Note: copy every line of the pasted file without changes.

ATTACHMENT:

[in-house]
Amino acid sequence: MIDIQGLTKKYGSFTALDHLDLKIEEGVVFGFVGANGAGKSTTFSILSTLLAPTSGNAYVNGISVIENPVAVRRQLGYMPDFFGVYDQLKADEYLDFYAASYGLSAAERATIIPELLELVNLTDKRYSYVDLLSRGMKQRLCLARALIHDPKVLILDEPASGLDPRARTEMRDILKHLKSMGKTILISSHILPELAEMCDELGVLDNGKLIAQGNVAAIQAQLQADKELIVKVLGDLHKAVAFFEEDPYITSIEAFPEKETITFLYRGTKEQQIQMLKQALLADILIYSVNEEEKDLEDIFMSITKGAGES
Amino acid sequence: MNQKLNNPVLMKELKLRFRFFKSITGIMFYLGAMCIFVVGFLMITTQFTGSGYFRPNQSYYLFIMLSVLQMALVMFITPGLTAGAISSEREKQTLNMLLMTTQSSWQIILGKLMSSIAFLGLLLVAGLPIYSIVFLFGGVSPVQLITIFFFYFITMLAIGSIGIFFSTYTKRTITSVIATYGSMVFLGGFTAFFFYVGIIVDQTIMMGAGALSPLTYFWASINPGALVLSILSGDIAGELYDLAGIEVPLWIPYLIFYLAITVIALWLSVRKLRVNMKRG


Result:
[in-house]
Amino acid sequence: MIDIQGLTKKYGSFTALDHLDLKIEEGVVFGFVGANGAGKSTTFSILSTLLAPTSGNAYVNGISVIENPVAVRRQLGYMPDFFGVYDQLKADEYLDFYAASYGLSAAERATIIPELLELVNLTDKRYSYVDLLSRGMKQRLCLARALIHDPKVLILDEPASGLDPRARTEMRDILKHLKSMGKTILISSHILPELAEMCDELGVLDNGKLIAQGNVAAIQAQLQADKELIVKVLGDLHKAVAFFEEDPYITSIEAFPEKETITFLYRGTKEQQIQMLKQALLADILIYSVNEEEKDLEDIFMSITKGAGES
Amino acid sequence: MNQKLNNPVLMKELKLRFRFFKSITGIMFYLGAMCIFVVGFLMITTQFTGSGYFRPNQSYYLFIMLSVLQMALVMFITPGLTAGAISSEREKQTLNMLLMTTQSSWQIILGKLMSSIAFLGLLLVAGLPIYSIVFLFGGVSPVQLITIFFFYFITMLAIGSIGIFFSTYTKRTITSVIATYGSMVFLGGFTAFFFYVGIIVDQTIMMGAGALSPLTYFWASINPGALVLSILSGDIAGELYDLAGIEVPLWIPYLIFYLAITVIALWLSVRKLRVNMKRG